Pebble watches have a 1.26-inch 144 × 168 pixel black and white ePaper-display with backlight, a vibrating motor, a magnetometer, ambient light sensors and a three-axis accelerometer. The Pebble Steel version also has a multicolor LED. A Pebble communicates with an android or ios device using bluetooth 2.1 but includes support for Bluetooth 4.0 (bluetooth-lowenergy) for a later update when more phones support it. The battery was reported in April 2012 to last seven days. The watch is charged using a modified USB-cable that attaches magnetically to the watch so as not to compromise water resistance.
The Pebble comes with some apps pre-installed, including a cycling app to measure speed, distance and pace through gps, and a golf rangefinder app that supports more than 25,000 courses. These apps use data received from the connected phone for distance, speed and range information. More apps can be downloaded from a smartphone, and a pebble-sdk for c development is freely available.
Pebble will integrate with the web service IFTTT which will allow users to create rules for events to send notifications to the watch. CEO Eric Migicovsky announced on January 9, 2013 that there will be updates for the watch's OS (which is based on FreeRTOS) every 2–3 weeks until all features are added.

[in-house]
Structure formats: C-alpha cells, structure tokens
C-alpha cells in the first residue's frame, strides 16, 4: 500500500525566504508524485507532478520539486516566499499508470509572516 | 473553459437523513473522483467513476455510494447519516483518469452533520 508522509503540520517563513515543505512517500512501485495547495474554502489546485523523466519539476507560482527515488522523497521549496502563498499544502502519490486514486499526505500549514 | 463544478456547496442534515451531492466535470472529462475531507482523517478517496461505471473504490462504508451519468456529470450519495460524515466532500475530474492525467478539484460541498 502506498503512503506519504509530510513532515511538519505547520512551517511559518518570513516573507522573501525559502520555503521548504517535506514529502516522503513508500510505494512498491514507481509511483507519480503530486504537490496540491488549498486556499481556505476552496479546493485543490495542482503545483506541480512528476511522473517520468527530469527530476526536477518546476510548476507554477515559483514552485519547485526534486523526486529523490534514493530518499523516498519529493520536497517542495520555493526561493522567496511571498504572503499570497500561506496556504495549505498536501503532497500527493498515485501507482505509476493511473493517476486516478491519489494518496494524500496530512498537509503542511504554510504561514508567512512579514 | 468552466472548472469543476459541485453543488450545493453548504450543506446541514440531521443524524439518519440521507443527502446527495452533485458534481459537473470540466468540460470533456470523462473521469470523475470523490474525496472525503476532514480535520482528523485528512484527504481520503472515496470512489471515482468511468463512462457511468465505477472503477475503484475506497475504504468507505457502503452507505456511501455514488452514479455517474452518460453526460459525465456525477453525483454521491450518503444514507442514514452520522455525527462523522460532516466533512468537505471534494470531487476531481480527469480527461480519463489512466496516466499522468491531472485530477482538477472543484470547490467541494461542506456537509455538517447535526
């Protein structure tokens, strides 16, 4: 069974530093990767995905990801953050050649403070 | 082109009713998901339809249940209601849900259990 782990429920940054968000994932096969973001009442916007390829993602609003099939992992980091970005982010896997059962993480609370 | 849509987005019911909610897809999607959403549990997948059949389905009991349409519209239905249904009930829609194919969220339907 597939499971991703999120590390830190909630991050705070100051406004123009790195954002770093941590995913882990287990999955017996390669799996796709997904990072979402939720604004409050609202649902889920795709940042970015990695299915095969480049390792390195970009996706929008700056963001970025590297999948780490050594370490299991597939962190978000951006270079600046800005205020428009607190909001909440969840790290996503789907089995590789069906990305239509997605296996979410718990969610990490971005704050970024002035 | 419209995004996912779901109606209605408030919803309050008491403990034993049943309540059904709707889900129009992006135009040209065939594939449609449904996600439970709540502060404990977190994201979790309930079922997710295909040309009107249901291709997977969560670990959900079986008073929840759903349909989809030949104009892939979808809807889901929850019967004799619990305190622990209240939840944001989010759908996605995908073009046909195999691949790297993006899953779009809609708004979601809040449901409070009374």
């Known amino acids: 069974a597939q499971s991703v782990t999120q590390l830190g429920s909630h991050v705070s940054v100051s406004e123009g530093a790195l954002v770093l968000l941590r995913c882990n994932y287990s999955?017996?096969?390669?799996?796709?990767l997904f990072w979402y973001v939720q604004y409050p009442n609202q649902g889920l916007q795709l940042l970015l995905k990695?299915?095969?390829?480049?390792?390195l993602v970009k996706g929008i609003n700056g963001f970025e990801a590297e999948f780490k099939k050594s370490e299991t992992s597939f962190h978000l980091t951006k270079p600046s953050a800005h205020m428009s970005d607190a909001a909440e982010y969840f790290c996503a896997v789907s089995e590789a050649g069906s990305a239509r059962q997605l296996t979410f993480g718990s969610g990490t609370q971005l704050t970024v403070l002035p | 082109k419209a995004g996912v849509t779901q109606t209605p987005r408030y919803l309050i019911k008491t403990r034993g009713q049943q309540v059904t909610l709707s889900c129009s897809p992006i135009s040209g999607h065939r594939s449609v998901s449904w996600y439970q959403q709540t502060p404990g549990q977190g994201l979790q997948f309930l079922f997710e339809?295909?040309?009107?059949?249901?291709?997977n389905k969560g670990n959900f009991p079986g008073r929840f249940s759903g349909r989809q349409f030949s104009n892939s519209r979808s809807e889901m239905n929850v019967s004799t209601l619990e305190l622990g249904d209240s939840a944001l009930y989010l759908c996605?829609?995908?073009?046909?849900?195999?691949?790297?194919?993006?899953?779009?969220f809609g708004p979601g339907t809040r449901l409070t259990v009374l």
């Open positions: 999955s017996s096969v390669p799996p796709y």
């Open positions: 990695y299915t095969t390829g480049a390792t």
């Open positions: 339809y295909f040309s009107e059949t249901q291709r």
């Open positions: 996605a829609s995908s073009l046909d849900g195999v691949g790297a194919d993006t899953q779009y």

The 1.x firmware that originally shipped with Pebble is incompatible with the current 2.0 release.
iOS devices received the 2.0 app and watch firmware in February, 2014. Android devices received the 2.0 app and firmware in March, 2014.
- Pebble's website
- The Kickstarter page that started it all
- Pebble development resources
- CloudPebble, an online IDE and build platform for Pebble apps
- PebbleBits, a site for generating customized firmware (not endorsed or supported by Pebble)
- PblWeb, a site that provides APIs and utilities designed to enhance the developer experience (not endorsed or supported by Pebble)